The price of gold hit a new all-time high in 2020. Fears of rising inflation and the Fed’s opening of USD swap lines with the world’s major central banks have resulted in a steady trend on the downside of the greenback.
Fast forward ten months, and things have changed. As inflation fears persist, the price of gold has corrected by several hundred dollars from the all-time high in 2020.
Traders wishing to buy and hold gold in their portfolio should be aware of one of the tightest correlations in financial markets – that between the price of gold and real US 10-year rates. It is the correlation between these two assets that puts pressure on the price of gold. In other words, despite some rebounds here and there, unless the correlation breaks, the price of gold will remain under pressure.
Looking back over the past decade, the correlation has held up remarkably. So why should it break now? What if that doesn’t happen?
Gold, Debt and Yields – A Trio to Consider When Investing
The chart above reflects the inverse correlation between gold and the US 10-year yield. In other words, when yields go up, gold goes down – and vice versa. As the returns are reversed, the chart shows that the two financial assets are closely correlated.
Yields represent the return expected by investors when they buy a bond. The higher the yield, the better, but also the riskier the bond. In general, high yield bonds are junk bonds, while the so-called risk-free rate is the yield on 10-year US bonds. Therefore, when the returns rise on the risk-free instrument, the world is listening.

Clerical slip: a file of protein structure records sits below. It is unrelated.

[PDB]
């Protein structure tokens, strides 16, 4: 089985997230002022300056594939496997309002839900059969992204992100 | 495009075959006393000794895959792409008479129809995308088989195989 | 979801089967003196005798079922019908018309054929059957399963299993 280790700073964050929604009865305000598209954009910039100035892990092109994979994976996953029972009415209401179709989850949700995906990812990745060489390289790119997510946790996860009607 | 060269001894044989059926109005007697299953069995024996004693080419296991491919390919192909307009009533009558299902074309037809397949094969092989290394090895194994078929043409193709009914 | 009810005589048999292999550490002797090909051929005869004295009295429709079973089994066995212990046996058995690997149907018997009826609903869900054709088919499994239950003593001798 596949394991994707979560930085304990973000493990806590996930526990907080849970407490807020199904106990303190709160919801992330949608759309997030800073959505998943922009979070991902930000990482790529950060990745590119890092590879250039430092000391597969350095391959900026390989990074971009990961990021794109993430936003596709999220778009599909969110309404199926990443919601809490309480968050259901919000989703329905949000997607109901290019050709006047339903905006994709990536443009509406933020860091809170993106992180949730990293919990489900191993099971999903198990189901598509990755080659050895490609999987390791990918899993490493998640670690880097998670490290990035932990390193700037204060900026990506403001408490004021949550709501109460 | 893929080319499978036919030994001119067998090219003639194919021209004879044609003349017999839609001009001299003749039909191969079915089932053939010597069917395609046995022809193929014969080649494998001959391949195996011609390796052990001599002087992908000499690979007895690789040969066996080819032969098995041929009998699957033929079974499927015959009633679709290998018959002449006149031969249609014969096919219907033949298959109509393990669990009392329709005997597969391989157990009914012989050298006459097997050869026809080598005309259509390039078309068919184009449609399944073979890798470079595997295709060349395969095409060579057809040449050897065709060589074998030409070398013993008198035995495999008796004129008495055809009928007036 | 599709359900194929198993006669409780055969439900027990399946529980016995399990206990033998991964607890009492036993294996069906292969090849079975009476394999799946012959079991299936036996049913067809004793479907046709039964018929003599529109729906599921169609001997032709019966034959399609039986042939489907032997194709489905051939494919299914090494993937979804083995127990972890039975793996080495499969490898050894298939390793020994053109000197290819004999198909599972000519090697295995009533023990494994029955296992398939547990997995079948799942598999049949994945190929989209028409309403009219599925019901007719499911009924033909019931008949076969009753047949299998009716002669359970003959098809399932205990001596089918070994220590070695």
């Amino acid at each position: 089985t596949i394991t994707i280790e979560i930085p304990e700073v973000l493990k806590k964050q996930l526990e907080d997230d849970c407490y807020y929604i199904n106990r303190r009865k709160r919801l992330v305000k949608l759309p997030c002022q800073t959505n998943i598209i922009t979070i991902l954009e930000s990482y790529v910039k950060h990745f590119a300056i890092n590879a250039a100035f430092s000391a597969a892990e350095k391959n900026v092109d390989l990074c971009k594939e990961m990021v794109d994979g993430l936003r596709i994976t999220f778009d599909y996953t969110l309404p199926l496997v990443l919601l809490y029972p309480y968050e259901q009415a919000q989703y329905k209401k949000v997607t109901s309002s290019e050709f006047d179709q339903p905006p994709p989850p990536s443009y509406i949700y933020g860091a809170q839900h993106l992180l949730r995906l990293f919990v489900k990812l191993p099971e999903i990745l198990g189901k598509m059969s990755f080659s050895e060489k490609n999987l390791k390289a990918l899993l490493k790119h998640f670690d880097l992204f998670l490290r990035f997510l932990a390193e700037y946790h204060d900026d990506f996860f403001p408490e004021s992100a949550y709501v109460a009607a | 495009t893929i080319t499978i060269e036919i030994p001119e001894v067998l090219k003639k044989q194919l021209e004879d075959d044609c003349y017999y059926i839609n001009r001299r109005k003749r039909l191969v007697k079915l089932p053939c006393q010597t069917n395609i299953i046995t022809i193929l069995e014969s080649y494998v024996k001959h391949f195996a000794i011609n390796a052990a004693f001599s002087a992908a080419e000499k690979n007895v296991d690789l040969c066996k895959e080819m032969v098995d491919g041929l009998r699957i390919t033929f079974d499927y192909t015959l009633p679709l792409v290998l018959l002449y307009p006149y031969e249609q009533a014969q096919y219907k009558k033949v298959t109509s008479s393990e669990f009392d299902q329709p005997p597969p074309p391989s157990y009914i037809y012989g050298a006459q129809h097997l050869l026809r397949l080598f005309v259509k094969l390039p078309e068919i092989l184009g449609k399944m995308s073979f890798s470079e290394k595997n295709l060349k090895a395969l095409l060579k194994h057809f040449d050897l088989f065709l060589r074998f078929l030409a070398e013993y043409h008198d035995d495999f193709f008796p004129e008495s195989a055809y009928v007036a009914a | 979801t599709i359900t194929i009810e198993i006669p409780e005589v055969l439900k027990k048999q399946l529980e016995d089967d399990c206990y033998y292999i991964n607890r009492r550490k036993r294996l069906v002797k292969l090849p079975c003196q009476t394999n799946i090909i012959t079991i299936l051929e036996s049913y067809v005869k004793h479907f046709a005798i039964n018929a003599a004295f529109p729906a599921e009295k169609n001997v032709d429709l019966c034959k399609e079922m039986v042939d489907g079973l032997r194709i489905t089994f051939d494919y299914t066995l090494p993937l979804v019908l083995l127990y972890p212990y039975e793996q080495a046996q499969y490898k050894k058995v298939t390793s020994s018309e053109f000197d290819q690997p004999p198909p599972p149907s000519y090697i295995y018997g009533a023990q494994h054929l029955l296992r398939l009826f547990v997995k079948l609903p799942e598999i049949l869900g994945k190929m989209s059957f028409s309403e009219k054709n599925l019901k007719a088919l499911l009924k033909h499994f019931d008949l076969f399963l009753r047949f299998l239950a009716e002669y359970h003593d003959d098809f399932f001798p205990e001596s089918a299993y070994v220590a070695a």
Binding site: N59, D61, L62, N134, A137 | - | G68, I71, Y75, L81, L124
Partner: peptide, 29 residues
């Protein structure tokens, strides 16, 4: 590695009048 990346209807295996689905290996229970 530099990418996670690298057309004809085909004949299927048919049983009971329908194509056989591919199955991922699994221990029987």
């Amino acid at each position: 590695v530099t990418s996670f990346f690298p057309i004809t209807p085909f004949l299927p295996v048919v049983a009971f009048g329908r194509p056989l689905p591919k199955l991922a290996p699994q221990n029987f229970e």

The pandemic has triggered massive monetary and fiscal stimulus in the United States. At least in the fiscal area, the easing exceeds anything seen in other parts of the world. Yet with it comes an increase in debt.
America is in deficit, and the money it spends is borrowed. Literally, this means that it is issuing bonds to finance its deficit. Or, it issues new debt to finance the deficit and new fiscal easing measures.
However, the lower the yields, the less attractive bonds are. America must therefore allow yields on risk-free assets to rise, in order to make bonds attractive to investors and to find buyers for its debt.
Based on the correlation presented at the beginning of this article, this is enough to put enormous pressure on the price of gold. With the rise in the price of gold comes a fall in yields. If the Fed lets yields rise a little further (and it may not have a choice), the price of gold will have a hard time rebounding.